Mobile app users that opt in for push messages are thought to be more engaged with apps and retained at twice the rate of those who opt out. Yet a new report suggests that shoppers are becoming fatigued by an onslaught of push messages.
Notification opt-ins are an important part of an app and their use is expected to increase as location-based marketing grows. But a new study by Urban Airship found that retailers may be overusing the medium or mistiming messages.
Urban Airship examined the notification opt-in rates of nearly 3,000 apps and 100 billion push notifications in 2014, calculating results by industry. Of the 15 industries, retail and media experienced the biggest declines in year-over-year opt-in rates. Previously, retail was found to gain the highest engagement and retention improvements when comparing opt-in users to opt-out users,
What changed? Simply put, shoppers are now inundated with messages.
"As more and more apps turn to notifications for four times greater engagement and two times greater retention, it's natural users will become more selective about which apps they allow to send push notifications," said Brett Caine, president and CEO, Urban Airship. "There's no other business-to-consumer communications channel that, on average and across every industry, achieves at least one-third of the audience opting in."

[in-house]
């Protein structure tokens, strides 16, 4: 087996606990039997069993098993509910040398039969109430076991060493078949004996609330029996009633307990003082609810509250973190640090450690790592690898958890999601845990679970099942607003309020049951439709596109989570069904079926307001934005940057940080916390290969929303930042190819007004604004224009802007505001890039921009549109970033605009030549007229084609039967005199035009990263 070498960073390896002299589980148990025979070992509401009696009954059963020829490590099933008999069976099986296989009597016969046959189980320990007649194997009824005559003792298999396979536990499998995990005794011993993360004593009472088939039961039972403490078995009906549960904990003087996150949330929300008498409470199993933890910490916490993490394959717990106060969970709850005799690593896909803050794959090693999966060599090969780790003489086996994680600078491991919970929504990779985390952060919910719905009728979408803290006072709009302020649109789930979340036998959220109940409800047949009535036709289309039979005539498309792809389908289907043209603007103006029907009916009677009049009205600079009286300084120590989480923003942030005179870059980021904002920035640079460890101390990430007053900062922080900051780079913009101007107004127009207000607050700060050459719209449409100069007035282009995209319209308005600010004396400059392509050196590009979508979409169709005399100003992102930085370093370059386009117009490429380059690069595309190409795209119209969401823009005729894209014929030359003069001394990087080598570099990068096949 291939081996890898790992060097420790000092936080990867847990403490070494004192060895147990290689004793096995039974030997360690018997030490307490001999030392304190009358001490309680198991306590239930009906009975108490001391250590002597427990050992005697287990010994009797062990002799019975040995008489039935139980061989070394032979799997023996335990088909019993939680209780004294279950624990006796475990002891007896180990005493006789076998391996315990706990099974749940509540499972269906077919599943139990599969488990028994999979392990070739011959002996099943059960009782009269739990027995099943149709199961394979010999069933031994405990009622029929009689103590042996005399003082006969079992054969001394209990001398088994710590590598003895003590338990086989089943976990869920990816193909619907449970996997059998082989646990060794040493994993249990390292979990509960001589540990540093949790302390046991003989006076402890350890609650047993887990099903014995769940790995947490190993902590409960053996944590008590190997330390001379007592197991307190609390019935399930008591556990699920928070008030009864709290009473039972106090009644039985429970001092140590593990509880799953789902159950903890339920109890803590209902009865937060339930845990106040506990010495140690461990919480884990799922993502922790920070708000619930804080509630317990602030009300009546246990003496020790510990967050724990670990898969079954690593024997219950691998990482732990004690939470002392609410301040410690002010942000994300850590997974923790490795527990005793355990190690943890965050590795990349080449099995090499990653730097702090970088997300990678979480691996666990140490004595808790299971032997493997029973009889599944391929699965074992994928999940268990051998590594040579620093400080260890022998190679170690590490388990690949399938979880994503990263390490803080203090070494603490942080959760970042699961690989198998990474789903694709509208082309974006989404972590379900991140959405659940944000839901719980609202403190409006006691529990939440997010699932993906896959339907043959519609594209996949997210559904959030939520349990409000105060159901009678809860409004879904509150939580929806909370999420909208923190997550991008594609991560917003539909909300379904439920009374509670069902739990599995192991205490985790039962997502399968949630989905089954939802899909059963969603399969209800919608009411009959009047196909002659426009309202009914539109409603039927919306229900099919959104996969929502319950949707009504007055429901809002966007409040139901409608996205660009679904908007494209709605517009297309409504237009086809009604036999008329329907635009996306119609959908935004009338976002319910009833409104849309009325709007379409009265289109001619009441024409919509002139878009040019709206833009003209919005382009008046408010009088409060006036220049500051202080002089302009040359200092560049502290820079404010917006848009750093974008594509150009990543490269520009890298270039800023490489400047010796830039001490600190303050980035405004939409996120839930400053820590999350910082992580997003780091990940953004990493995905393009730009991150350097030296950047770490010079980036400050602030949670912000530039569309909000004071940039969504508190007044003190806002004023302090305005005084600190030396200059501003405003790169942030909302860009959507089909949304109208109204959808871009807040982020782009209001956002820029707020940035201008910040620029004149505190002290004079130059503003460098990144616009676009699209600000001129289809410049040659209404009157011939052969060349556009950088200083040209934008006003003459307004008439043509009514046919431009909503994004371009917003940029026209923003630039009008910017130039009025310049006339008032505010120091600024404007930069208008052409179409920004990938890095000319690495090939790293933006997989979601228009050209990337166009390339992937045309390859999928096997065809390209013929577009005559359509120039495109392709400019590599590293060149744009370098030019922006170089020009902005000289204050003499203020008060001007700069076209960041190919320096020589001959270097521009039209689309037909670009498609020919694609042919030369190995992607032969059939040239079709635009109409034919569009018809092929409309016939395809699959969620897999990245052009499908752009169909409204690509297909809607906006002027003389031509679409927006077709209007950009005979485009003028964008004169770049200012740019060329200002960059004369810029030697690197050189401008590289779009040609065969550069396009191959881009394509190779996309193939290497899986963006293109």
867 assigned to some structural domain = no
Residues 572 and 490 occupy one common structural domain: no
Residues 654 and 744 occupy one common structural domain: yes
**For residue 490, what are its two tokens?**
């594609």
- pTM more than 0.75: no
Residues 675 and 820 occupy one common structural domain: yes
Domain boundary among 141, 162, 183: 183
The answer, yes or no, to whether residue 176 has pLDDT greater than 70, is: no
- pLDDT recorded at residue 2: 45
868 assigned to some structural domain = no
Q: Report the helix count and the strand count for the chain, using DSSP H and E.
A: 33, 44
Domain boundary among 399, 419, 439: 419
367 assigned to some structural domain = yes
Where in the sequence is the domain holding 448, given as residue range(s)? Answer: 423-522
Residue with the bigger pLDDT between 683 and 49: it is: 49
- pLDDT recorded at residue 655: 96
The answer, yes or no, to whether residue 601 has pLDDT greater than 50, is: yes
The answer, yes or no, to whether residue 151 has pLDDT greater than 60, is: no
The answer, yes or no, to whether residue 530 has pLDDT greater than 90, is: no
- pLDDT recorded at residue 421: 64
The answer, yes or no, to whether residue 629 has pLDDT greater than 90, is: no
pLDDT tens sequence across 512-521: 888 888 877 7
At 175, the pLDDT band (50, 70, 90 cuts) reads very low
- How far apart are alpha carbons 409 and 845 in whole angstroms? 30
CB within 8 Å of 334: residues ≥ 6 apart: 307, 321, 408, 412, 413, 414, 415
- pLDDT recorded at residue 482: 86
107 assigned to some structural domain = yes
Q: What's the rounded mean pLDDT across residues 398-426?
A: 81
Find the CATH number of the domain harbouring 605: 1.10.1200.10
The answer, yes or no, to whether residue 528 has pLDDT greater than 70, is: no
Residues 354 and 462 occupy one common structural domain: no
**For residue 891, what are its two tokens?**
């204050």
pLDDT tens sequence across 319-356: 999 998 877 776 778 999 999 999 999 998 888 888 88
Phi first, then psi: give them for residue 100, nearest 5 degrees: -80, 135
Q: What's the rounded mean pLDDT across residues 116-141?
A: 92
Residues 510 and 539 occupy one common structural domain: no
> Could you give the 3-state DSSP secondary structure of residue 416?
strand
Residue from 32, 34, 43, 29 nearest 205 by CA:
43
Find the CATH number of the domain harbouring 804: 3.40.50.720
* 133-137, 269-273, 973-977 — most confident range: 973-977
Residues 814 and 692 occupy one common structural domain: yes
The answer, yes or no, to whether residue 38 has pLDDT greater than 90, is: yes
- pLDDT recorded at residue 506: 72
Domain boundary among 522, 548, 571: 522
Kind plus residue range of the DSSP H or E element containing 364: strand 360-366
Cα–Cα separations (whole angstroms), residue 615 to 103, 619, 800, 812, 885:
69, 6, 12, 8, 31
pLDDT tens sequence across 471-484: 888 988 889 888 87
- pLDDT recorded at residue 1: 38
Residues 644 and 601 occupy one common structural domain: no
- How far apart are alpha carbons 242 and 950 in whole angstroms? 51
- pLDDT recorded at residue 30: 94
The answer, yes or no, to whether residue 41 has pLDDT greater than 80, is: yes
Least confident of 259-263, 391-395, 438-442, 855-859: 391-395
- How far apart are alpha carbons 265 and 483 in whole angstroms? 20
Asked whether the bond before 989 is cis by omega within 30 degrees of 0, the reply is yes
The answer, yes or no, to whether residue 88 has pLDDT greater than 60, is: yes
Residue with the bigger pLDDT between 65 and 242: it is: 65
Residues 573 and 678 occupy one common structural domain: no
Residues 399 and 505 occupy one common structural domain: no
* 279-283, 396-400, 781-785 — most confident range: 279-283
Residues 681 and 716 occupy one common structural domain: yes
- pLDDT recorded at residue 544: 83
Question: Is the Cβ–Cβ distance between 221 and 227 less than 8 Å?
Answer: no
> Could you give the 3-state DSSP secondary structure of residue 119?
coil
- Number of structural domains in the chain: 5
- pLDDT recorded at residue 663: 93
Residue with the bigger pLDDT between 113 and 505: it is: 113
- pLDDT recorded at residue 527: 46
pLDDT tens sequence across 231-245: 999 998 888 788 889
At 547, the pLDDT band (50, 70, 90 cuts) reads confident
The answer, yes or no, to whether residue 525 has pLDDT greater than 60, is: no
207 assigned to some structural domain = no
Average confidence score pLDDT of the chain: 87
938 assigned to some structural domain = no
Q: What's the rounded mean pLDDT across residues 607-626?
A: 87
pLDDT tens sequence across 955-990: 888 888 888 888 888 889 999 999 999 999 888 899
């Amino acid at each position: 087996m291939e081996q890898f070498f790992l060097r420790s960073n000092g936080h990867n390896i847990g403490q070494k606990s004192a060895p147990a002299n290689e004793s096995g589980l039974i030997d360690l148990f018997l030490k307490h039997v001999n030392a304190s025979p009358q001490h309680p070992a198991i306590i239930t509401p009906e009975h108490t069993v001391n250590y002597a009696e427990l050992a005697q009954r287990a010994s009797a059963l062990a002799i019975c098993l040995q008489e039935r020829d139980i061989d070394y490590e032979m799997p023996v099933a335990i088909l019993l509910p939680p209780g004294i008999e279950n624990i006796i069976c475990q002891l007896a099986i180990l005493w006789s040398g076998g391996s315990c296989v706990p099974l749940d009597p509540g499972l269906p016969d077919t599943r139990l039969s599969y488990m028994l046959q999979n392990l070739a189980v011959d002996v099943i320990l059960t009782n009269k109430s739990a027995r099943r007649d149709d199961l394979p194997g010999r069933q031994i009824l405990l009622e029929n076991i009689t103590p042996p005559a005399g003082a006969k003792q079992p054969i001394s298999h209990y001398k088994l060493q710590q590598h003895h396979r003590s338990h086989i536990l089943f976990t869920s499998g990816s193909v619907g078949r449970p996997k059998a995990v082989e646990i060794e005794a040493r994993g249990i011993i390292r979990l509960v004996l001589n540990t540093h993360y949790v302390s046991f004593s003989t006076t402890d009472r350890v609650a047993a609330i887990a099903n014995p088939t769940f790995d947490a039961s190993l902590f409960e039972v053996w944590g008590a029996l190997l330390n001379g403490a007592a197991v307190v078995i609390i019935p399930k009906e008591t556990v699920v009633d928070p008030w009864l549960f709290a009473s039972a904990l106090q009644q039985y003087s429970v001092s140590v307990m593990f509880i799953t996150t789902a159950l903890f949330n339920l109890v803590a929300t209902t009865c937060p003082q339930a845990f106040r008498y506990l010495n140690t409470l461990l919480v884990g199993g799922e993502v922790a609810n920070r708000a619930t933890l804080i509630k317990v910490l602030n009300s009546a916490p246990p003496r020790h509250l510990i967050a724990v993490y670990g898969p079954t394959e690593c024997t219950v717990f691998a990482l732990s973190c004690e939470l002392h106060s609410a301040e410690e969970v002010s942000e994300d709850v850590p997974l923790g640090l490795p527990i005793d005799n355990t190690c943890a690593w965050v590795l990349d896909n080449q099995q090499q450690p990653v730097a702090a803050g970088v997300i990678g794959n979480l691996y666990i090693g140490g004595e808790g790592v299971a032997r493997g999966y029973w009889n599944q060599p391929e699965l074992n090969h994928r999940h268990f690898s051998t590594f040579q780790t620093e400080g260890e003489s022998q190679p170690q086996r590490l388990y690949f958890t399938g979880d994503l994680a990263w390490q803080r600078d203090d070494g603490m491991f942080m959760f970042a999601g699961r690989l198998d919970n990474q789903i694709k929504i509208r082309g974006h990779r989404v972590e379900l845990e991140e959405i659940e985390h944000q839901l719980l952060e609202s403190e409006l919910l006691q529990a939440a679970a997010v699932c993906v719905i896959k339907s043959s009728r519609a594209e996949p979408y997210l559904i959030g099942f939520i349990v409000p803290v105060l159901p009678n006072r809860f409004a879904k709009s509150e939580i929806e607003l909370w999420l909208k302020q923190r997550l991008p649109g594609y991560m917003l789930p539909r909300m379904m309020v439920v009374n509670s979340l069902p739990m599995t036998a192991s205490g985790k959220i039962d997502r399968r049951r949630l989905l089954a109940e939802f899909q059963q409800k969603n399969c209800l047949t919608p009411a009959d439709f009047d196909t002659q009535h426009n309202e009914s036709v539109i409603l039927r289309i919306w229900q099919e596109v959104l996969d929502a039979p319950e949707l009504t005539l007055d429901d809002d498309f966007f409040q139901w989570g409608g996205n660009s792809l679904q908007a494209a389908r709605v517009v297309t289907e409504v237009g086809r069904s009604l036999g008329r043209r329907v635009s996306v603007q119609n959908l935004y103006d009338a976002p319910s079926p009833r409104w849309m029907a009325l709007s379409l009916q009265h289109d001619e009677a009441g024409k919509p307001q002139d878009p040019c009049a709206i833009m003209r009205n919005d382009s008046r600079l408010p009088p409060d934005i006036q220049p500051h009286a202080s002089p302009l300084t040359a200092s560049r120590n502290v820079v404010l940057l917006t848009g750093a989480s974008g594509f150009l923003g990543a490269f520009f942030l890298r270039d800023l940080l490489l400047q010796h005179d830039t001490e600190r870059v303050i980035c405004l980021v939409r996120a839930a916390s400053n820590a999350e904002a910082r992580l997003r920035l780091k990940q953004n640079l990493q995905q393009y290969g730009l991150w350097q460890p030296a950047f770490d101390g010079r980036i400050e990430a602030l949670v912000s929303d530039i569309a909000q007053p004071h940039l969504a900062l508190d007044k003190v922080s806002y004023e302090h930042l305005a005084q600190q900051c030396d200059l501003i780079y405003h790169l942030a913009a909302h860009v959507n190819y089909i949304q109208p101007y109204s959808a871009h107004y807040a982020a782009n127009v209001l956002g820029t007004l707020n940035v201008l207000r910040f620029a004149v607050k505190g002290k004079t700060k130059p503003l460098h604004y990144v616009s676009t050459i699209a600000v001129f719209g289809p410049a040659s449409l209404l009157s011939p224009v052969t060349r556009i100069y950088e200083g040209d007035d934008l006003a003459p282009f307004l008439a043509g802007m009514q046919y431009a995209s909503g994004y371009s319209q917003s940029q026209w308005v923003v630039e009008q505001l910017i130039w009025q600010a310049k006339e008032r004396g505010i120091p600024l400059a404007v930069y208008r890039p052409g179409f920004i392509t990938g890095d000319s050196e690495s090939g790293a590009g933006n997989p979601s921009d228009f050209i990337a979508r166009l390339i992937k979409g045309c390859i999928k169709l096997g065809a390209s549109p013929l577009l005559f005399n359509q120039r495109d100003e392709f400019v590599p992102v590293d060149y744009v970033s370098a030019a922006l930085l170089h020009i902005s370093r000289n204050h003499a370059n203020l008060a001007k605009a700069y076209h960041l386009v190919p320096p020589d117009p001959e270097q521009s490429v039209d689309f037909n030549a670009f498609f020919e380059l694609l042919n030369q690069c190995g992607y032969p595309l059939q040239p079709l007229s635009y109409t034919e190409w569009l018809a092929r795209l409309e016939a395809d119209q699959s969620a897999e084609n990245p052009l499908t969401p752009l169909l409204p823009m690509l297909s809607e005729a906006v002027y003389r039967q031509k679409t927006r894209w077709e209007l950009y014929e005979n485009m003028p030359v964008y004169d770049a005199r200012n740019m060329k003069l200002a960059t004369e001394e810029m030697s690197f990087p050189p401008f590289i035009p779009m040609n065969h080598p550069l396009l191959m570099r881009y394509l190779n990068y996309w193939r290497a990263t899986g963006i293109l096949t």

Urban Airship tracked retailers' use of push notifications during the 2013 and 2014 holiday seasons using the same 150 retail apps and found that retailers had doubled their notification send volumes on key shopping days in 2014. Shoppers responded to those messages at double the rate of 2013.
"There's no other marketing channel that's seeing this type of growth," noted the report. "There's also no other marketing channel where well over one-third of the audience opting in to ongoing communications could be called out as an accomplishment let alone the new average."
During the 2014 holiday season, shoppers were most engaged with notifications the Saturday before Thanksgiving, but retailers instead sent the bulk of notifications on key shopping days such as Thanksgiving, Black Friday and Cyber Monday. This effort to capitalize on the immediacy of mobile may haven been misplaced, according to Urban Airship.
"Had retail apps focused more on pre-shopping activities, they could have tapped into higher upfront engagement rates to divine shoppers' interests and tailor subsequent notifications," noted the report. "Maybe they would have gone from doubling response rates over the 2013 holidays to achieving four to seven times greater response that highly targeted notifications receive over messages broadcasted to everyone."
-Download this Urban Airship report
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